Earlier today I wrote a number of things along the lines that just because Brennan may have been told that he wasn't a target or a subject but was being interviewed as a witness, that doesn't mean he's "out of the woods". For example:
All that said, Brennan is clearly not out of the woods yet. As others have noted, there's only one reason why Durham waited so long before interviewing Brennan--because he was trying to learn as much about Brennan's Russia Hoax related activities as possible before talking to him. And that means Brennan was right up at the top of the list of persons of interest.
In other words, if Brennan was interviewed as a witness for eight hours, that was a whole lotta witnessing going on. Durham must have had a lotta, lotta questions for Brennan as a witness.
Now, Shipwreckedcrew has a new article up about the circumstances surrounding the Brennan interview, and the statements that were made afterwards by Brennan's spokesman: John Brennan Was Put in a Perjury Trap Yesterday — A Completely Legitimate One. The article is well worth your time to read, because in it SWC explains things like:
Q: What's a target and what's a subject?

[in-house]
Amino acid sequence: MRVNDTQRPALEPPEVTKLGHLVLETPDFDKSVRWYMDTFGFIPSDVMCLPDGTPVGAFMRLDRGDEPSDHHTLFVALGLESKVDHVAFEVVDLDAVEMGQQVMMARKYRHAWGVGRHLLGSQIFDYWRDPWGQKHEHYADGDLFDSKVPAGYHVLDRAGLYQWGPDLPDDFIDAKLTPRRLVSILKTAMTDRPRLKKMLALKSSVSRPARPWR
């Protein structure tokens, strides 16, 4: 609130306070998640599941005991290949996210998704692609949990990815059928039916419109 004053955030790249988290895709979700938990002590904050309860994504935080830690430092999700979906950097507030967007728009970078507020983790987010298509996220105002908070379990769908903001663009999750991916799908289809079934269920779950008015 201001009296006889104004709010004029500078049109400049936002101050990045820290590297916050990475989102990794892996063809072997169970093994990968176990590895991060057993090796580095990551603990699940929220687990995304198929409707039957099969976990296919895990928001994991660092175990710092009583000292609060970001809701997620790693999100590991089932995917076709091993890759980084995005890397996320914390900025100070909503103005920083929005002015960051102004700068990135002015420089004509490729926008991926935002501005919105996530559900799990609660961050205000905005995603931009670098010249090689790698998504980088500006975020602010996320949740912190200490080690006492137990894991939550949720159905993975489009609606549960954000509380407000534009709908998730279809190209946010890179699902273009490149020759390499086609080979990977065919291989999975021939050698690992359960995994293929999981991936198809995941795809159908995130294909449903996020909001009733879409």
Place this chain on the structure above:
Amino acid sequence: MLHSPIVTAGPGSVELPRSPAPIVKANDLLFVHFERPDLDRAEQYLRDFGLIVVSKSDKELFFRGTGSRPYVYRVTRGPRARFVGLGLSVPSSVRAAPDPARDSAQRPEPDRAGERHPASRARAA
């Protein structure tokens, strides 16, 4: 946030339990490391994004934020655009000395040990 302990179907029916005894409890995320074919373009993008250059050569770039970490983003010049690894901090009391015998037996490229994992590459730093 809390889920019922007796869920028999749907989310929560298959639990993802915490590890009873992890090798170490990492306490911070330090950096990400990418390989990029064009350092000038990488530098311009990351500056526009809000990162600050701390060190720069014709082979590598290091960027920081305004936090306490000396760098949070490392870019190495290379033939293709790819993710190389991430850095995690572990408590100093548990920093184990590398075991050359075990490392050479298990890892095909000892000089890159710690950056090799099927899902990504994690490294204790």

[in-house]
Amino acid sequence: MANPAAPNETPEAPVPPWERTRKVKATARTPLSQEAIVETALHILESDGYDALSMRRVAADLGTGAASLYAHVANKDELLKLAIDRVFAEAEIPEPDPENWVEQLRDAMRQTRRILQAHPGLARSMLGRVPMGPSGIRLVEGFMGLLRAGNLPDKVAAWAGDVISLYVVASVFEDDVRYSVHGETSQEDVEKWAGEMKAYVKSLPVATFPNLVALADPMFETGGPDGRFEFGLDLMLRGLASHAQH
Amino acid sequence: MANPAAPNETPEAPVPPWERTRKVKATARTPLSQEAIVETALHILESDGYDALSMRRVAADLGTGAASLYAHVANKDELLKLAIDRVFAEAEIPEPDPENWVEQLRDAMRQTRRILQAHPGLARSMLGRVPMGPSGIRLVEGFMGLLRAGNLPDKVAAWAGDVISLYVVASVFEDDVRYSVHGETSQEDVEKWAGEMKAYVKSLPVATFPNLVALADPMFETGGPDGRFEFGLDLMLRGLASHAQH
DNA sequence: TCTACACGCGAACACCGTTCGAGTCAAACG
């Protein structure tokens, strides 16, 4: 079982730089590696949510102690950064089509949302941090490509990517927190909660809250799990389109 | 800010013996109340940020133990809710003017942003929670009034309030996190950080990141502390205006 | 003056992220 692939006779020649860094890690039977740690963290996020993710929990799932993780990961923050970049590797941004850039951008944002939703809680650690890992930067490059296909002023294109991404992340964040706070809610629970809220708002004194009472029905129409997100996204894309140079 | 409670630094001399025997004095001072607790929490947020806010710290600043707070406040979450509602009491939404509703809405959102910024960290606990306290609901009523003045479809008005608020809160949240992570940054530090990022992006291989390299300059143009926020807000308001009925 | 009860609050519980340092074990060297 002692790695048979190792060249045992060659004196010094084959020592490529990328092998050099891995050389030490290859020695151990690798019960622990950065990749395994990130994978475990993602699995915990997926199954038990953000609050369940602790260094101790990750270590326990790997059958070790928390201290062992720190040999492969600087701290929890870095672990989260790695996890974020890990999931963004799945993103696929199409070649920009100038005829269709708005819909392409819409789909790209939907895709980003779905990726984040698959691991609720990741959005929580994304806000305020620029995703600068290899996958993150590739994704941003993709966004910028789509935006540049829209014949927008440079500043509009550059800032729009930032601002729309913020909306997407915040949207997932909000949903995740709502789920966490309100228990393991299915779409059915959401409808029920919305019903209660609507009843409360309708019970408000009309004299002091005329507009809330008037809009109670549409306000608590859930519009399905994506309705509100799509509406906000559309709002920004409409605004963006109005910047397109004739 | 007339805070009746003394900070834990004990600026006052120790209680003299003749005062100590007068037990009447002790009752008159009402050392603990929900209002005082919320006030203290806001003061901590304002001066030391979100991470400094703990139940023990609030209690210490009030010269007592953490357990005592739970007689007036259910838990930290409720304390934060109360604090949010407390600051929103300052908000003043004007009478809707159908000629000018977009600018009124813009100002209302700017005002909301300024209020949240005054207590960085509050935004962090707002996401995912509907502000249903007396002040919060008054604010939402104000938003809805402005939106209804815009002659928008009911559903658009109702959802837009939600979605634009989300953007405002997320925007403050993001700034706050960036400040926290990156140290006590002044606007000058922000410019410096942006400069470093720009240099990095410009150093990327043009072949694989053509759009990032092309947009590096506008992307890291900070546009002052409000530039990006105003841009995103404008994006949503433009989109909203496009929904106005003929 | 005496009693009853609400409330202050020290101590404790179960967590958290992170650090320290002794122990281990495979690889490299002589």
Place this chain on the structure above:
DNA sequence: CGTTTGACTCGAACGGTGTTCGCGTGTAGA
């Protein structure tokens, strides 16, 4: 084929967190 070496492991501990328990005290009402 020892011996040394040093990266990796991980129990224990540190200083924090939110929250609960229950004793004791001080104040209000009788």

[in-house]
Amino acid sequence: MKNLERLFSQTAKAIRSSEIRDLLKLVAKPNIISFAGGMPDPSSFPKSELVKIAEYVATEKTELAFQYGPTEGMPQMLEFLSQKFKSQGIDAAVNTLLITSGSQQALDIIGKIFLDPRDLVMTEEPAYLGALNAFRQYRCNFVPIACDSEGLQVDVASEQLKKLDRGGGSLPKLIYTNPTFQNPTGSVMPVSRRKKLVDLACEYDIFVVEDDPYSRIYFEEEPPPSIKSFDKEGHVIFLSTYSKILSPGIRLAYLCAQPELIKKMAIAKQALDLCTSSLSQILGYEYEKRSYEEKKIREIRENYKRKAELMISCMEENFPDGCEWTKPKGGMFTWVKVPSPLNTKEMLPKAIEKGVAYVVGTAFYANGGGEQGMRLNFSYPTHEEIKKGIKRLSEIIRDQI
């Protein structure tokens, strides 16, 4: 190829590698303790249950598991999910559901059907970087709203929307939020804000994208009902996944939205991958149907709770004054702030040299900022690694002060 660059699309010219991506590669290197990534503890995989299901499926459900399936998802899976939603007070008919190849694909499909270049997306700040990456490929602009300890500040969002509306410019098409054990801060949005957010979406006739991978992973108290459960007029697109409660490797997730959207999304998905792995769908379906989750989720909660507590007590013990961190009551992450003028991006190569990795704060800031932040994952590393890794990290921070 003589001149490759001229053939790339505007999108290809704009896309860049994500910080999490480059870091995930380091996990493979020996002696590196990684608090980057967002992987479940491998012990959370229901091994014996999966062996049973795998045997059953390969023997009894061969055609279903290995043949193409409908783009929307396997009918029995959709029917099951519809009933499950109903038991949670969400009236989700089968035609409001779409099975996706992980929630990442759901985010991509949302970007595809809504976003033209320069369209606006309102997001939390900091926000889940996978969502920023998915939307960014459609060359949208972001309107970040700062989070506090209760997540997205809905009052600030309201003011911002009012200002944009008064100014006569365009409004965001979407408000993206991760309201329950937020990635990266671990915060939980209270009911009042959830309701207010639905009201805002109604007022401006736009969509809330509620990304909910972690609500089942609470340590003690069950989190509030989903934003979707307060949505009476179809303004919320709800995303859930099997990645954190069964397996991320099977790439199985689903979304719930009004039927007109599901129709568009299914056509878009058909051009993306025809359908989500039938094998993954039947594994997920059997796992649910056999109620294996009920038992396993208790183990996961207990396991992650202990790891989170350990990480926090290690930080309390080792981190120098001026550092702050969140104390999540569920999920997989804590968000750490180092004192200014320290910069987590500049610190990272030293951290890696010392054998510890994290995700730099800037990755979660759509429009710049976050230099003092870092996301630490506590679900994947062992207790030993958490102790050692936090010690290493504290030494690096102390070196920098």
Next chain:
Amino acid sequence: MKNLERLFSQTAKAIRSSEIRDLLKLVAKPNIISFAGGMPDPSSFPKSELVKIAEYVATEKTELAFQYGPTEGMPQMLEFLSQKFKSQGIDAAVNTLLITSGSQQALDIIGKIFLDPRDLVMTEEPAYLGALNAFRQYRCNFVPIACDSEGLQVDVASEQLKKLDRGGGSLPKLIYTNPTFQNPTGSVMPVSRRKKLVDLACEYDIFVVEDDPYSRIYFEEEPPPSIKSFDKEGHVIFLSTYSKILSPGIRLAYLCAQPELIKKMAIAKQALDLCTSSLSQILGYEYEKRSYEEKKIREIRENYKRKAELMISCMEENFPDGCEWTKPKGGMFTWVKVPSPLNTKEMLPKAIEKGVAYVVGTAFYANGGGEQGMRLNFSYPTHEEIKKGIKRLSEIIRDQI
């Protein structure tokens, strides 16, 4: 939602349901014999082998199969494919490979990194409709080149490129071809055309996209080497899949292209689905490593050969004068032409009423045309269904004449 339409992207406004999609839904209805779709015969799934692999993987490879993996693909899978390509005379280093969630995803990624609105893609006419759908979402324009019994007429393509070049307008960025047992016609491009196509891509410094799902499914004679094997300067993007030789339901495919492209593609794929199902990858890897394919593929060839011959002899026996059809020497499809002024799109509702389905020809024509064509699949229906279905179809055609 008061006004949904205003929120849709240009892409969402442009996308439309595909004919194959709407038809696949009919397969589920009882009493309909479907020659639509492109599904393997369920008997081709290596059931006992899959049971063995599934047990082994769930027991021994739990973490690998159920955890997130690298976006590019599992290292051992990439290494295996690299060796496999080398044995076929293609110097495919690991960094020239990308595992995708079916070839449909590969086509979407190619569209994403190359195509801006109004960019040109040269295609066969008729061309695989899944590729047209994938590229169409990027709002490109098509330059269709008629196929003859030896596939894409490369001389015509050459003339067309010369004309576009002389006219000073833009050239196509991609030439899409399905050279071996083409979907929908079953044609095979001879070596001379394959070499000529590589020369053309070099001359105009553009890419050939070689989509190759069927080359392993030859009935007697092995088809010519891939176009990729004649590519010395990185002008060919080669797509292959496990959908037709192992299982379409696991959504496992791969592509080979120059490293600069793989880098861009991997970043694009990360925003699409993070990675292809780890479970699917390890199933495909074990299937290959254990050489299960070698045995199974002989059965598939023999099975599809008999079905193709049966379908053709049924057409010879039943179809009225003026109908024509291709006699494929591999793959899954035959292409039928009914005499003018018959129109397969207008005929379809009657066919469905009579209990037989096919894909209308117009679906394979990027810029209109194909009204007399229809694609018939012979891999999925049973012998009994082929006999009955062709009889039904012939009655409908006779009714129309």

A: There are only targets and non-targets. Non-targets are witnesses. Targets are persons against whom a prosecutor believes he has sufficient evidence to file criminal charges.
Here's another topic he goes into:
Q: Why was Brennan interviewed rather than called before a grand jury?
And closely related:
Q: Why was Brennan interviewed in Langley, VA, rather than at FBIHQ or DoJ, in downtown DC?
Let's take the interview v. grand jury question first. SWC doesn't provide a definitive answer to the question, but he does suggest that the reasons that led Durham to interview Brennan may cast doubt on whether or not Brennan is a target. Here's the key:
One important distinction between “target” and “witness” that is not well understood, but might be in play here, is that it is against DOJ policy to issue a grand jury subpoena to someone who is already a “target”.
In other words, SWC is implicitly asking: Is it possible that Brennan wasn't called as a witness before a grand jury because he is in fact a target? To place that suggestion is context, SWC had earlier stated that his policy as a prosecutor, when asked before an interview by a defense lawyer whether the lawyer's client was a "target", was to talk around it and neither confirm nor deny. SWC clearly feels that Durham is likely to have done something similar.
But supposing that Brennan was interviewed as a witness, what then? That's where SWC raises the possibility of a "perjury trap":
John Durham and his team did not come to the decision to interview Brennan over the course of eight hours for the purpose of “filling in the blanks” on “events that are under review.”
The purpose of the interview was to get Brennan to confirm or deny information that others have provided up to this point about Brennan, and what he instructed others to do.
John Brennan was placed into a perjury trap yesterday because he’s shown himself willing to perjure himself in the past in order to evade scrutiny.